Bush, 9/11 images in spotlight

First speeches hail president as strong leader nation needs

Kerry portrayed as weak, waffling

Conclave in New York is quick to renominate Bush, Cheney

Election 2004

The Republican Convention

August 31, 2004|By Julie Hirschfeld Davis | Julie Hirschfeld Davis,SUN NATIONAL STAFF

NEW YORK - Republicans hailed President Bush as the steady, strong leader the country needs and leveled harsh criticism against his Democratic rival, John Kerry, as a weak and waffling politician, as the party opened a convention steeped in images of the Sept. 11 terrorist attacks.

Emotional tributes to the victims of the attacks and military men and women set the tone for the four-day party gathering, where Republicans hope to highlight Bush's decisiveness in perilous times.

"He has been tested and has risen to the most important challenge of our time, and I salute him." said Sen. John McCain of Arizona, the maverick Republican who enjoys wide popularity among independent voters. "He has not wavered. He has not flinched from the hard choices. He will not yield, and neither will we."

Former Mayor Rudolph W. Giuliani of New York, a moderate who personified the city's brave response to Sept. 11, said in prepared remarks that Bush 'has remained rock solid' since the attacks. "It doesn't matter how he is demonized. It doesn't matter what the media does to ridicule him or misinterpret him or defeat him."

The sentiment clearly pleased the crowd and the former mayor. "I've never seen so many Republicans in New York City." he exclaimed. "I finally feel at home!'

Giuliani took aim at Kerry in a speech that praised Bush's strategy for fighting terrorism, saying in his prepared remarks that the Massachusetts Democrat "has made it the rule to change his position, rather than the exception."

Tartly invoking a populist phrase used by the Democratic vice presidential candidate, John Edwards, Giuliani said the North Carolinian's "two Americas' theme must refer to "one where John Kerry can vote for something and another where he can vote against the same thing."

McCain, whose background as a decorated Vietnam veteran and former prisoner of war makes him a respected voice on national security issues, vigorously defended Bush's decision to go to war against Iraq.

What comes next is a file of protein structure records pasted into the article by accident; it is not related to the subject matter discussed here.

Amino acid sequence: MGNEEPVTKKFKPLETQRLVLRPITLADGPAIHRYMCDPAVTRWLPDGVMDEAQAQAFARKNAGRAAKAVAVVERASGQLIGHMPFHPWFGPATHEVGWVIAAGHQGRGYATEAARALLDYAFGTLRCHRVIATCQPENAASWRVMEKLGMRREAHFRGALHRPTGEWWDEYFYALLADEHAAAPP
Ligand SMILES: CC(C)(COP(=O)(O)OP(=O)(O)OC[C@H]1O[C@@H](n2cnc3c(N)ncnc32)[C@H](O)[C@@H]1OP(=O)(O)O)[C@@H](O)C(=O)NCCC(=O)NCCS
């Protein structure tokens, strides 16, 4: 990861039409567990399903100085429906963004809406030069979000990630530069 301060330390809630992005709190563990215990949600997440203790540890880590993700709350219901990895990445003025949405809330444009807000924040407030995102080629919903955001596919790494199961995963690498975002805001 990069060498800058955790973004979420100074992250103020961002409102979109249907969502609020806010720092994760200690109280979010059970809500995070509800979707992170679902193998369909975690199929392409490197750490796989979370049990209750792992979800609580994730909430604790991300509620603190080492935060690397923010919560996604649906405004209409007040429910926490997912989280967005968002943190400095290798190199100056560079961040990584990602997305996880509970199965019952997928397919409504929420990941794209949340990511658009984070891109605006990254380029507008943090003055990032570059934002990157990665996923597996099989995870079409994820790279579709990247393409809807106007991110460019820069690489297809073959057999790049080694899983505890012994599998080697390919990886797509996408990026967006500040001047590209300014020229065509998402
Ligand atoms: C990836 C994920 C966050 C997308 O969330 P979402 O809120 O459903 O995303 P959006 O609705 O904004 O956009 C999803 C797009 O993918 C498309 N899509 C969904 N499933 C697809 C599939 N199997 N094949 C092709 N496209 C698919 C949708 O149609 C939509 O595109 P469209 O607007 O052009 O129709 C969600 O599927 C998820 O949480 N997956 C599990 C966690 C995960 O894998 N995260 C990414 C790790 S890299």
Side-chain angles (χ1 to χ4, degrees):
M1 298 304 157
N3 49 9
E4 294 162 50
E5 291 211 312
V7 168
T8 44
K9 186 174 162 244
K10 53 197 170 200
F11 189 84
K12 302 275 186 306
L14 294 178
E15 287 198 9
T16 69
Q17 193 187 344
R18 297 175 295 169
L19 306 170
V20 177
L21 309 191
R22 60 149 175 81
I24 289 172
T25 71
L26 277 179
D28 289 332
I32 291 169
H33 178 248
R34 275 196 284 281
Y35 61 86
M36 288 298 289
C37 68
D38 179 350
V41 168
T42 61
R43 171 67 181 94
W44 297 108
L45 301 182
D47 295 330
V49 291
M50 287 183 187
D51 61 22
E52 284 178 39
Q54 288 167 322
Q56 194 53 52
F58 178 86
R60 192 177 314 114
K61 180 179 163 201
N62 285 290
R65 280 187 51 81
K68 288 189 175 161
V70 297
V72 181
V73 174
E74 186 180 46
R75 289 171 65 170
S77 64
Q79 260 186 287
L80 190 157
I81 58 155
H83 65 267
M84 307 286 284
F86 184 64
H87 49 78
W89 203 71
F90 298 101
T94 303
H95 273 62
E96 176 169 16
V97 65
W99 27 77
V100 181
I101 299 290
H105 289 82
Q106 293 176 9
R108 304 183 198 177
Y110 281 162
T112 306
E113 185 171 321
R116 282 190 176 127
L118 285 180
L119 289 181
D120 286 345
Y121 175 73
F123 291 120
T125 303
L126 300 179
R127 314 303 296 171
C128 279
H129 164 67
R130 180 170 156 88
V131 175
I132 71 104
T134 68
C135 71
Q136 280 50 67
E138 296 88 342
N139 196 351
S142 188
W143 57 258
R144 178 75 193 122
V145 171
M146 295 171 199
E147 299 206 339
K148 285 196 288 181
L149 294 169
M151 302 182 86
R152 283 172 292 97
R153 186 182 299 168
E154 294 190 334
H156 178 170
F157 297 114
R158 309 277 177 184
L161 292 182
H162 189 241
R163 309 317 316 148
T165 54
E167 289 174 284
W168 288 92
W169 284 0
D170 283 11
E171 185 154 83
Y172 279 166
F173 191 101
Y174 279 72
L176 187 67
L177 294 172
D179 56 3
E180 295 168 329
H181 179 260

Quoting Franklin D. Roosevelt as he sought to put the war in Iraq into the context of a historic fight against terrorism, McCain - Bush's rival in 2000 - said the nation is engaged in "a fight between right and wrong, good and evil. So it is, whether we wished it or not, that we have come to the test of our generation, to our rendezvous with destiny."

"I believe as strongly today as ever, the mission was necessary, achievable and noble." said McCain, who is who is putting aside the bitterness of his 2000 contest against Bush to campaign for the president. "For his determination to undertake it, and for his unflagging resolve to see it through to a just end, President Bush deserves not only our support, but our admiration."

McCain's speech was interrupted by raucous cheers from delegates as he countered the notion advanced by many Democrats, and documentary filmmaker Michael Moore in his movie Fahrenheit 9/11, that Bush was looking for a reason to go to war in Iraq.

"Our choice wasn't between a benign status quo and the bloodshed of war; it was between war and a graver threat. Don't let anyone tell you otherwise." McCain said. "Not our political opponents. And certainly not a disingenuous filmmaker."

Moore, who was seated in the press stands off the floor as a guest columnist for USA Today, smiled, waved and spread his hands in a "who me?' gesture as the crowd of thousands turned to him and began chanting 'Four more years!' while pumping four fingers in the air. As their screams continued, Moore spread his thumb and forefinger in an "L' - for "loser."

Delegates convened at Madison Square Garden - heavily secured with fences and barricades and guarded by hundreds of law enforcement personnel - on a day when Bush conceded that there might be no end to the signature challenge of his presidency: the war on terrorism.

"I don't think you can win it." Bush told NBC. "But I think you can create the conditions that those who use terror as a tool are less acceptable in parts of the world."

Giuliani presented his speech as a nonpartisan appeal to voters on Bush's behalf, lauding the president as a leader willing to make tough choices.

"In choosing a president, we really don't choose a Republican or a Democrat, a conservative or liberal." he said in prepared remarks. "Having strong beliefs, being able to stick with them through popular and unpopular times, is the most important characteristic of a great leader."

But Giuliani accused Kerry of flip-flopping on war and terrorism.

"President Bush sees world terrorism for the evil that it is." the former mayor said. "John Kerry has no such clear, precise and consistent vision."

McCain, by contrast, never mentioned Kerry - a close friend of his - by name during his speech, nor did he discuss the Vietnam War, which has become a hot-button issue in the race.

"I don't doubt the sincerity of my Democratic friends." he said. 'And they should not doubt ours."

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